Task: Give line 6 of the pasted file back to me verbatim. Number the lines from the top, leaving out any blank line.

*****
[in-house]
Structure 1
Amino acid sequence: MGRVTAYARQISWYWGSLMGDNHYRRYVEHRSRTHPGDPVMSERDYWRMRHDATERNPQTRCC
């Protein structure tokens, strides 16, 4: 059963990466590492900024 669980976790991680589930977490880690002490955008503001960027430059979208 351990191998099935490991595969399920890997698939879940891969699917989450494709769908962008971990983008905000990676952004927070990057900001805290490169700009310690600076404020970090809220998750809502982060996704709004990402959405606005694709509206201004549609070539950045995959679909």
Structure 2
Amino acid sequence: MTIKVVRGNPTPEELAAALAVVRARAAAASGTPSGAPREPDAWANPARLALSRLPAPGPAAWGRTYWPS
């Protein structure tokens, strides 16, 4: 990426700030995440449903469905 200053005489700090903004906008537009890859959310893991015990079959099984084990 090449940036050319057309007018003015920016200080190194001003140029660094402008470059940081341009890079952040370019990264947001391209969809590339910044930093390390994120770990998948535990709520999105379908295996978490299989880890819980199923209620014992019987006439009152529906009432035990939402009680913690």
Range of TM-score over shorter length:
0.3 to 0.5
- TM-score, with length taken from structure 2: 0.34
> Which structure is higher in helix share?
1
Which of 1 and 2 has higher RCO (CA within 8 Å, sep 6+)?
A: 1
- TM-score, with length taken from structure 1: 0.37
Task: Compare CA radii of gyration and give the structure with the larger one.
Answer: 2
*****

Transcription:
Amino acid sequence: MTIKVVRGNPTPEELAAALAVVRARAAAASGTPSGAPREPDAWANPARLALSRLPAPGPAAWGRTYWPS